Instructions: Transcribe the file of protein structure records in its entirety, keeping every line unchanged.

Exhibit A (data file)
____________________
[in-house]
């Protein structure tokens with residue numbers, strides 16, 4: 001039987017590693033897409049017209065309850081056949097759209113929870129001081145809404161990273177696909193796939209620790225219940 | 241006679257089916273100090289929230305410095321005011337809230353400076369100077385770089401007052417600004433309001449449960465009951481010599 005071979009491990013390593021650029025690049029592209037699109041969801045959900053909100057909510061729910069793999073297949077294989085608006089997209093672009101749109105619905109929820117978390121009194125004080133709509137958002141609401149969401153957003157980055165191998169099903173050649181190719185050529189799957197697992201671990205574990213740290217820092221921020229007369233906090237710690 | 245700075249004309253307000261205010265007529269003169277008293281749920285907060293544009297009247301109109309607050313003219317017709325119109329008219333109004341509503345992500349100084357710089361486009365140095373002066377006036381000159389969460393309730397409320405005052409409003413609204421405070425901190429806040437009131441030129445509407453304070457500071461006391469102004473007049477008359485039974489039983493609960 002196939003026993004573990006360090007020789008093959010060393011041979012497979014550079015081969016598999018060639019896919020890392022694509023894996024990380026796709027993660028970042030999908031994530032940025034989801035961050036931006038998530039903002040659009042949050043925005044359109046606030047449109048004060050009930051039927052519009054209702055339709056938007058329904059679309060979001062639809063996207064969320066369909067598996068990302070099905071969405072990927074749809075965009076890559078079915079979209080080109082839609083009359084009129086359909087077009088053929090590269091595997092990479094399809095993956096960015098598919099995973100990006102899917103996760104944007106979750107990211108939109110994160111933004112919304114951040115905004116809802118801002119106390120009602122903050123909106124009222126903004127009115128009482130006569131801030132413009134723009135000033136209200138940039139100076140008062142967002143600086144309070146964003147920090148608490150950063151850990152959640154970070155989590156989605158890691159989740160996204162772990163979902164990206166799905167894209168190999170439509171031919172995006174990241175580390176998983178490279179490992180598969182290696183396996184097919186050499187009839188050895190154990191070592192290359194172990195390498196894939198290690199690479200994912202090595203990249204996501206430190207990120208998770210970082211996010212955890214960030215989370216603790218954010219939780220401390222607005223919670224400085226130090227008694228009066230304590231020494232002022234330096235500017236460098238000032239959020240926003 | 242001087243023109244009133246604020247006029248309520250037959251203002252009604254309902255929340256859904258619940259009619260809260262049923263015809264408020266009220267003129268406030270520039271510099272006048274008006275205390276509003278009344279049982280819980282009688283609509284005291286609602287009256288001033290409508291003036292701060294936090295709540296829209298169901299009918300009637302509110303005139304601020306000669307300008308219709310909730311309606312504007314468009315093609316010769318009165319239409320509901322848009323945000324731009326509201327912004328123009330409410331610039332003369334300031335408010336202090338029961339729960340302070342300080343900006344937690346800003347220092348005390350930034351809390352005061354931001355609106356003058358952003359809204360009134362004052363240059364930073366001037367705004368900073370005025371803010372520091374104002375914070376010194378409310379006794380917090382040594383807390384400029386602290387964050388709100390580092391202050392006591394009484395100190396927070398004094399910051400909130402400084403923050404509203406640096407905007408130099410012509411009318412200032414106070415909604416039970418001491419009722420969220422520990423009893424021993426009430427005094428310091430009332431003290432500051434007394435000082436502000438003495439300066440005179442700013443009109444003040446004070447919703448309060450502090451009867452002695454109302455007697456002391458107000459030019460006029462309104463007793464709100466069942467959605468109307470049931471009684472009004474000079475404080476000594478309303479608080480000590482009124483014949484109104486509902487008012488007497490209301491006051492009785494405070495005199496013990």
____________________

[in-house]
């Protein structure tokens with residue numbers, strides 16, 4: 001039987017590693033897409049017209065309850081056949097759209113929870129001081145809404161990273177696909193796939209620790225219940 | 241006679257089916273100090289929230305410095321005011337809230353400076369100077385770089401007052417600004433309001449449960465009951481010599 005071979009491990013390593021650029025690049029592209037699109041969801045959900053909100057909510061729910069793999073297949077294989085608006089997209093672009101749109105619905109929820117978390121009194125004080133709509137958002141609401149969401153957003157980055165191998169099903173050649181190719185050529189799957197697992201671990205574990213740290217820092221921020229007369233906090237710690 | 245700075249004309253307000261205010265007529269003169277008293281749920285907060293544009297009247301109109309607050313003219317017709325119109329008219333109004341509503345992500349100084357710089361486009365140095373002066377006036381000159389969460393309730397409320405005052409409003413609204421405070425901190429806040437009131441030129445509407453304070457500071461006391469102004473007049477008359485039974489039983493609960 002196939003026993004573990006360090007020789008093959010060393011041979012497979014550079015081969016598999018060639019896919020890392022694509023894996024990380026796709027993660028970042030999908031994530032940025034989801035961050036931006038998530039903002040659009042949050043925005044359109046606030047449109048004060050009930051039927052519009054209702055339709056938007058329904059679309060979001062639809063996207064969320066369909067598996068990302070099905071969405072990927074749809075965009076890559078079915079979209080080109082839609083009359084009129086359909087077009088053929090590269091595997092990479094399809095993956096960015098598919099995973100990006102899917103996760104944007106979750107990211108939109110994160111933004112919304114951040115905004116809802118801002119106390120009602122903050123909106124009222126903004127009115128009482130006569131801030132413009134723009135000033136209200138940039139100076140008062142967002143600086144309070146964003147920090148608490150950063151850990152959640154970070155989590156989605158890691159989740160996204162772990163979902164990206166799905167894209168190999170439509171031919172995006174990241175580390176998983178490279179490992180598969182290696183396996184097919186050499187009839188050895190154990191070592192290359194172990195390498196894939198290690199690479200994912202090595203990249204996501206430190207990120208998770210970082211996010212955890214960030215989370216603790218954010219939780220401390222607005223919670224400085226130090227008694228009066230304590231020494232002022234330096235500017236460098238000032239959020240926003 | 242001087243023109244009133246604020247006029248309520250037959251203002252009604254309902255929340256859904258619940259009619260809260262049923263015809264408020266009220267003129268406030270520039271510099272006048274008006275205390276509003278009344279049982280819980282009688283609509284005291286609602287009256288001033290409508291003036292701060294936090295709540296829209298169901299009918300009637302509110303005139304601020306000669307300008308219709310909730311309606312504007314468009315093609316010769318009165319239409320509901322848009323945000324731009326509201327912004328123009330409410331610039332003369334300031335408010336202090338029961339729960340302070342300080343900006344937690346800003347220092348005390350930034351809390352005061354931001355609106356003058358952003359809204360009134362004052363240059364930073366001037367705004368900073370005025371803010372520091374104002375914070376010194378409310379006794380917090382040594383807390384400029386602290387964050388709100390580092391202050392006591394009484395100190396927070398004094399910051400909130402400084403923050404509203406640096407905007408130099410012509411009318412200032414106070415909604416039970418001491419009722420969220422520990423009893424021993426009430427005094428310091430009332431003290432500051434007394435000082436502000438003495439300066440005179442700013443009109444003040446004070447919703448309060450502090451009867452002695454109302455007697456002391458107000459030019460006029462309104463007793464709100466069942467959605468109307470049931471009684472009004474000079475404080476000594478309303479608080480000590482009124483014949484109104486509902487008012488007497490209301491006051492009785494405070495005199496013990």